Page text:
– Did it simply not occur to the director to provide adequate stage makeup to David Oyelowo, the actor who played Preacher Green? Why was he the only character who was drenched with sweat in each and every scene in the film, causing him to appear disheveled and unkempt? If it was summer in Mississippi, wouldn’t other characters be sweating, too?

    – Why the choice to make Octavia Spencer’s character Minny’s husband a perpetrator of domestic violence? And why not even give him one single moment of camera time? Why yet another faceless, demonized depiction of black male “brutality” and violence– was this really necessary? What did this choice imply as far as pervasive negative messaging about black males and their abilities to be competent husbands and fathers?

    – And why didn’t Viola Davis’ character Aibileen have a husband? And why was this actress instructed to gain 25 lbs for the role, yet even after that still had to wear extra padding? Why is Hollywood still choosing over and over to write and cast heavier-set, a-sexualized African American women?

    – According to my mother, who read the book, The Help, Viola Davis’ character Aibileen was an avid reader. Why were any such intellectual pursuits omitted from her film depiction?

    – And why did they cast Mary Steenburgen as a Jew? Did they need a celebrity and figured she could ‘pass” because she’s a brunette?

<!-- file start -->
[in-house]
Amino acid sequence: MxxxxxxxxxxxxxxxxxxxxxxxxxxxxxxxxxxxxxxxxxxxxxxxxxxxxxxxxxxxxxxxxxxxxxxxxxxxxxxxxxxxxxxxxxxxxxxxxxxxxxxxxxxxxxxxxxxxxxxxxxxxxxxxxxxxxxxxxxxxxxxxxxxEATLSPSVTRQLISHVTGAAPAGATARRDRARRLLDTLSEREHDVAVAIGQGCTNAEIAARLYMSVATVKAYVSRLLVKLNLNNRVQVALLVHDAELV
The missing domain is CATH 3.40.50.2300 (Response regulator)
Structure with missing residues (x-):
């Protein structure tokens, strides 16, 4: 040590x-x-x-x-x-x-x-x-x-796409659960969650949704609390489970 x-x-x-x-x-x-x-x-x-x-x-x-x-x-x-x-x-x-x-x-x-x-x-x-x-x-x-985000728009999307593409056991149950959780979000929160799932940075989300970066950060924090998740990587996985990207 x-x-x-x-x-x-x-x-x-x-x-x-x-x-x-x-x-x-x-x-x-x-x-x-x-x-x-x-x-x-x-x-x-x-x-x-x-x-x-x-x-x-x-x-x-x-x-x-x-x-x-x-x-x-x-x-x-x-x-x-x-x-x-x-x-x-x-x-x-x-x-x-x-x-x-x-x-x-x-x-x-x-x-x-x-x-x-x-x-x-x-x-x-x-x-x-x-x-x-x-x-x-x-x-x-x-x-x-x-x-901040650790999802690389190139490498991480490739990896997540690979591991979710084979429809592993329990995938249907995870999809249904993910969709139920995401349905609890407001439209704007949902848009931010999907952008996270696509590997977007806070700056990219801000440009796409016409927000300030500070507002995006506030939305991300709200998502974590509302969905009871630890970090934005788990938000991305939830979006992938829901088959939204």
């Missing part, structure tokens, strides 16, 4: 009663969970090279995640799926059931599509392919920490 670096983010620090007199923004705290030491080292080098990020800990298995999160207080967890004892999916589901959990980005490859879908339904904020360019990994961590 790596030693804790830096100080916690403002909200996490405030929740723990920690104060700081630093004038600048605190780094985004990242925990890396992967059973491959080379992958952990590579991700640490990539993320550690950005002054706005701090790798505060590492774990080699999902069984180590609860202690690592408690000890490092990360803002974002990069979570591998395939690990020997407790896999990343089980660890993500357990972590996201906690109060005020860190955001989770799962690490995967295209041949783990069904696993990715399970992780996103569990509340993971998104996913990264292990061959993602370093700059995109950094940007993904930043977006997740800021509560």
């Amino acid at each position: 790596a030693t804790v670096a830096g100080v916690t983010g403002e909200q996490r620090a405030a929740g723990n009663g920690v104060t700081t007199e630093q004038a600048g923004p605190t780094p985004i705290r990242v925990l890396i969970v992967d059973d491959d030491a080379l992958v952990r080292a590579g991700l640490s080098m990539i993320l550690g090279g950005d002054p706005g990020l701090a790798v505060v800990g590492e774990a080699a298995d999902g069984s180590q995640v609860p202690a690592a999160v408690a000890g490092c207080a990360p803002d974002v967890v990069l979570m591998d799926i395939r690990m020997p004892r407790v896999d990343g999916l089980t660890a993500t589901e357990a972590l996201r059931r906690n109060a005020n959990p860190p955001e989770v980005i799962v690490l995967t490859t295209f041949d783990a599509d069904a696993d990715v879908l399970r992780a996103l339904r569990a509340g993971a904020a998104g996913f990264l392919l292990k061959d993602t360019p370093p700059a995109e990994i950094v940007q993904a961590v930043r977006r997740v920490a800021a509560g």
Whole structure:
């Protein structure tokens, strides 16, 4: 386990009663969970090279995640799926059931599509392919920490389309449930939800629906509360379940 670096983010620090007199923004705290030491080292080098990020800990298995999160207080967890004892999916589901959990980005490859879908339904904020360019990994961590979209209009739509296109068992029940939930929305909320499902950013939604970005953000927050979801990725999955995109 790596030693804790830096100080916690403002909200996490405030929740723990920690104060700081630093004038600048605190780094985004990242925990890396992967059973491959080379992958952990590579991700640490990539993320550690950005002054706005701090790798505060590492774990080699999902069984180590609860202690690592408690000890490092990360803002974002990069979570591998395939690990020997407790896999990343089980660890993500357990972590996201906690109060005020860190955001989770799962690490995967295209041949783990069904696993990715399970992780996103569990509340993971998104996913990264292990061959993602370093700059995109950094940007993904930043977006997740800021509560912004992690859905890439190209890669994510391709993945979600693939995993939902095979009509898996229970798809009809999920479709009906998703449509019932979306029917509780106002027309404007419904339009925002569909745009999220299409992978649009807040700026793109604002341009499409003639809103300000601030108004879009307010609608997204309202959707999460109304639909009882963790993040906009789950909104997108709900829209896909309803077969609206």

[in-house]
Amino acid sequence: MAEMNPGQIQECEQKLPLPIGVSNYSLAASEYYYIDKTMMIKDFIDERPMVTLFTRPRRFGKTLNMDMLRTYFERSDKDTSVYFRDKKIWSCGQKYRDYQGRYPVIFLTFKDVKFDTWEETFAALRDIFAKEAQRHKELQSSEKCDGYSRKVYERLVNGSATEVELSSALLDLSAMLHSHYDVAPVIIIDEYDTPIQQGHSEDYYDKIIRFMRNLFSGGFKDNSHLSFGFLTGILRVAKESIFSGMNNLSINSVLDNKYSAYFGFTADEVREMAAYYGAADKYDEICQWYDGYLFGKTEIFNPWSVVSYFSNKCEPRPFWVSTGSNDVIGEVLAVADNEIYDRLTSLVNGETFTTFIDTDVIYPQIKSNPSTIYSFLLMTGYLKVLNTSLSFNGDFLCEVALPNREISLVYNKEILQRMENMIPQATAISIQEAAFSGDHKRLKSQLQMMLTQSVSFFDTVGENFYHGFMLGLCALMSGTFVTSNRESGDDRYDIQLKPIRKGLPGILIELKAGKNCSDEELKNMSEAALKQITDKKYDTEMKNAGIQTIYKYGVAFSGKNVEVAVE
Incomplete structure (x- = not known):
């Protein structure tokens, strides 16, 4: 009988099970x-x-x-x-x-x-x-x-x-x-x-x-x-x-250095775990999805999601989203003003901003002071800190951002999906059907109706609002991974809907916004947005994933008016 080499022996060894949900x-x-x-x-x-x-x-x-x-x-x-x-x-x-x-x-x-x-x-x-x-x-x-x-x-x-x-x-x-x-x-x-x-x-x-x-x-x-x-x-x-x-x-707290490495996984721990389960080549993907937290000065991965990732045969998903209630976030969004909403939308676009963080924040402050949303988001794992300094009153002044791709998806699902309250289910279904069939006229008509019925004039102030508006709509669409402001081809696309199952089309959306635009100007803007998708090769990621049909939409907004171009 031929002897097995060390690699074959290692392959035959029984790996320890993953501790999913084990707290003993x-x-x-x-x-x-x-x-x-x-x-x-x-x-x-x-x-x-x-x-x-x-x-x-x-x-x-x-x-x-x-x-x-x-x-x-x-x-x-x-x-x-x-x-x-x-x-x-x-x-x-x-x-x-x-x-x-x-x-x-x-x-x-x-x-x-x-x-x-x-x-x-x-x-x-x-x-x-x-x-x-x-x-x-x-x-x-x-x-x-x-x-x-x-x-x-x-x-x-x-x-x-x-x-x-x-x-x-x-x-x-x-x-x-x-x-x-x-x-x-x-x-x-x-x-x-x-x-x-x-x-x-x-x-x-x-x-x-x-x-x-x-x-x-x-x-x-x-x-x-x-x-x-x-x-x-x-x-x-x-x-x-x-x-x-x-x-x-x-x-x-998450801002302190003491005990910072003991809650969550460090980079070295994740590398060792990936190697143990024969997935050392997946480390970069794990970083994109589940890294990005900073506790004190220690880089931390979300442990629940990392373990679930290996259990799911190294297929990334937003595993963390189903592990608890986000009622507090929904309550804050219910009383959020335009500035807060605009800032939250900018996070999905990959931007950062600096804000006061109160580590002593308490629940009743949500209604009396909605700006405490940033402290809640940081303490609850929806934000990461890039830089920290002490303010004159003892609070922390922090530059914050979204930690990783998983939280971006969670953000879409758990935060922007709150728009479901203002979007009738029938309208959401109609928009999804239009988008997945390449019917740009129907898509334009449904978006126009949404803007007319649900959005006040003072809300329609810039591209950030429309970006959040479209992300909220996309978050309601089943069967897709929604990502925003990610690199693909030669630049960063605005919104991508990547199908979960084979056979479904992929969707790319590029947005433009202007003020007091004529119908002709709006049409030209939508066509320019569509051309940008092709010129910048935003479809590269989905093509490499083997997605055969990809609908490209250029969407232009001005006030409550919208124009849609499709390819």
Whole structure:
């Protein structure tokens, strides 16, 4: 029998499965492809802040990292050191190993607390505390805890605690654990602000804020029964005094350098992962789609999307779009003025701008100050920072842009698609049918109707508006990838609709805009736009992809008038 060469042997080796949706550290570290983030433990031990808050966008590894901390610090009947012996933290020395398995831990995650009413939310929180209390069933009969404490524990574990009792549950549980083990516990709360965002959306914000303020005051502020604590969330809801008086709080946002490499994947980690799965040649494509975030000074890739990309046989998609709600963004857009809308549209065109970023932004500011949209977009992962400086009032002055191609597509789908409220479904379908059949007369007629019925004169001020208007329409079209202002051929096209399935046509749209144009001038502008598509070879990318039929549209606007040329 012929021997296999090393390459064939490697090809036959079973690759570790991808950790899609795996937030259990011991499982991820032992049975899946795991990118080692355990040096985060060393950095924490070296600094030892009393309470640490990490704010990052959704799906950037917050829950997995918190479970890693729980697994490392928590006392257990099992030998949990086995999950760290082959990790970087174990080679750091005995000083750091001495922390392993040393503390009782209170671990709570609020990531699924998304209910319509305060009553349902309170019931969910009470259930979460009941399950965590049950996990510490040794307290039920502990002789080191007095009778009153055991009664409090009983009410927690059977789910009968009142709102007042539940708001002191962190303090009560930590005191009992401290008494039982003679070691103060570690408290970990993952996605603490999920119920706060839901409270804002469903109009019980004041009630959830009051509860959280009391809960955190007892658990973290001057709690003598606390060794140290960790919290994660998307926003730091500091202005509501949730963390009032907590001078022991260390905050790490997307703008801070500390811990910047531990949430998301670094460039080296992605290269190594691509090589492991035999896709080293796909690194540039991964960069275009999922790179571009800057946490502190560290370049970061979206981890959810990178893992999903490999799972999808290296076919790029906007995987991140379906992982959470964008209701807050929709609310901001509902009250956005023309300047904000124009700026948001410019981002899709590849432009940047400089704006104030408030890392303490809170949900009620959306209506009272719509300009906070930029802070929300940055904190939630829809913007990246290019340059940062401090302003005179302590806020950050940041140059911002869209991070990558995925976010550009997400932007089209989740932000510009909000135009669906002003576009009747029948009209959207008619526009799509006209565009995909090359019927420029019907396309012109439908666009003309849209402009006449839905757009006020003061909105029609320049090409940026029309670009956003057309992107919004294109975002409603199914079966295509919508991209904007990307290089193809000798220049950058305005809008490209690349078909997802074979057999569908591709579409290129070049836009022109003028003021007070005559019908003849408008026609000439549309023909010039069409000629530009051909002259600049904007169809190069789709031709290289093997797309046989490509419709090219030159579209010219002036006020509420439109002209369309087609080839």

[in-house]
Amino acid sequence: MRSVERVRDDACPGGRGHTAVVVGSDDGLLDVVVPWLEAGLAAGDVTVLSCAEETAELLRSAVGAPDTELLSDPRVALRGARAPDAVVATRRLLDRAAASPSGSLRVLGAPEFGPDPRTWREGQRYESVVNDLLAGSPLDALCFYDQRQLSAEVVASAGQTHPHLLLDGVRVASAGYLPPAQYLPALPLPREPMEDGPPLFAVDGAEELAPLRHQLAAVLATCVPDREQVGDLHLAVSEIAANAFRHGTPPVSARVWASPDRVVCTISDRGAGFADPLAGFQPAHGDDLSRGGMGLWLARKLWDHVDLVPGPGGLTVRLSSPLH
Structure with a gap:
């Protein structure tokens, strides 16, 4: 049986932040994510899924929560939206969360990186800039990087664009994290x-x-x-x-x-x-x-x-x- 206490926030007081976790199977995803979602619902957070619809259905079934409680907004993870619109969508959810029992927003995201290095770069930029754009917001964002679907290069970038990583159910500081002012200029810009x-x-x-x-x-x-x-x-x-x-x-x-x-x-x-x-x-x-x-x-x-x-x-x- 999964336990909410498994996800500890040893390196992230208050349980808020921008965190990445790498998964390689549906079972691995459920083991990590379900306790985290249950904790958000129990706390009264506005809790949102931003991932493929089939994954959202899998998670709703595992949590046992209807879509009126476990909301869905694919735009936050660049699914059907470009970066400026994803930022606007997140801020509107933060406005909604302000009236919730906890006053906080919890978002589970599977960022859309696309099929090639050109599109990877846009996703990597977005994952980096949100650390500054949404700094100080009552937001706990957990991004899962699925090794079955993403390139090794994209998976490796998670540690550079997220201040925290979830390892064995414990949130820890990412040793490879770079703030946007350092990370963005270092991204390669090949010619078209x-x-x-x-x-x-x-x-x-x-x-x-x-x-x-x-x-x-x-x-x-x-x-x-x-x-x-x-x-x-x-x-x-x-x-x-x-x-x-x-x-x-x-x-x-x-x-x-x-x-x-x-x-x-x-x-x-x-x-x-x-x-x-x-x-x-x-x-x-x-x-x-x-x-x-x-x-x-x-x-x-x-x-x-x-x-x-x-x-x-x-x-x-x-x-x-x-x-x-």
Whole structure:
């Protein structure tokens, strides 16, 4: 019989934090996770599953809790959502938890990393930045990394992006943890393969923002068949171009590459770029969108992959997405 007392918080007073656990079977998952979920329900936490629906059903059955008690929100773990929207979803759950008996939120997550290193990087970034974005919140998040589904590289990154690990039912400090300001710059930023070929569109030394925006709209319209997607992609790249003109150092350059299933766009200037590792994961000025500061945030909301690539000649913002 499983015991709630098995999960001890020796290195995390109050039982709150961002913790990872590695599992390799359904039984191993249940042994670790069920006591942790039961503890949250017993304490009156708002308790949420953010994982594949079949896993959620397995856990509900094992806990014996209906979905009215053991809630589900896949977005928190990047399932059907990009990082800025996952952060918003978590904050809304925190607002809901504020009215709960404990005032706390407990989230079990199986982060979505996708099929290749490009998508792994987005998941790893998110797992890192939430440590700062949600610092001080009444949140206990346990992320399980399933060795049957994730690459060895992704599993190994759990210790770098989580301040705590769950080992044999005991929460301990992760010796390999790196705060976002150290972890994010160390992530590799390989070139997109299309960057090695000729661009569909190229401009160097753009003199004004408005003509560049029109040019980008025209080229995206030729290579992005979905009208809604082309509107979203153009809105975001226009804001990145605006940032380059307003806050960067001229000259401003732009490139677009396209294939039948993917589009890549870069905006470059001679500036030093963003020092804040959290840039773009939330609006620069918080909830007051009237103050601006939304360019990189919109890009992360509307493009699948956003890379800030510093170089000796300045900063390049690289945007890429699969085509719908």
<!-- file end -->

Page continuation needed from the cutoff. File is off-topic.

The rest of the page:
The acting was stellar and God bless the author of the novel, for having broken what were likely generational cycles of racism in her family. But can we please, please begin to have more conversations about Hollywood’s reckless and pervasive use of stereotypes and their on-going detrimental effect on our psyches?

    Sorry I am so winded!
    Thx in advance for listening/reading.

    • Thank you for reading and sharing your comments, Frankie. I understand several of your concerns and voiced them in the article that I wrote surrounding this topic on Christianity Today’s Her.meneutics website. All points are valid and well taken, some are way too big to address on the blog. Needless to say, there is a lot broken in Hollywood which is sad when they take such ownership of image-making. This is where the church really needs to step up and shine the light of God’s intended purposes for the relationships between his children. If you haven’t already done so, please check out parts 2, 3, and 4 of this discussion. I would love to hear your thoughts. Blessings, Natasha

  4. Natasha–

    Loved your article about The Help. I so appreciated how you focused on aspects of the story that were special, and love as well that you feel God has called you to reach out and break down barriers of class and ethnicity and culture.

    But I’m just curious– what did I mention that you feel is “way too big to address” on your blog?

    Blessings–
    Frankie

    • Hi Frankie, I was referring particularly to how Hollywood addresses and presents African Americans on the big screen. Several books can probably be written on that; it’s a point of contention in the African American communtiy. Have a great weekend!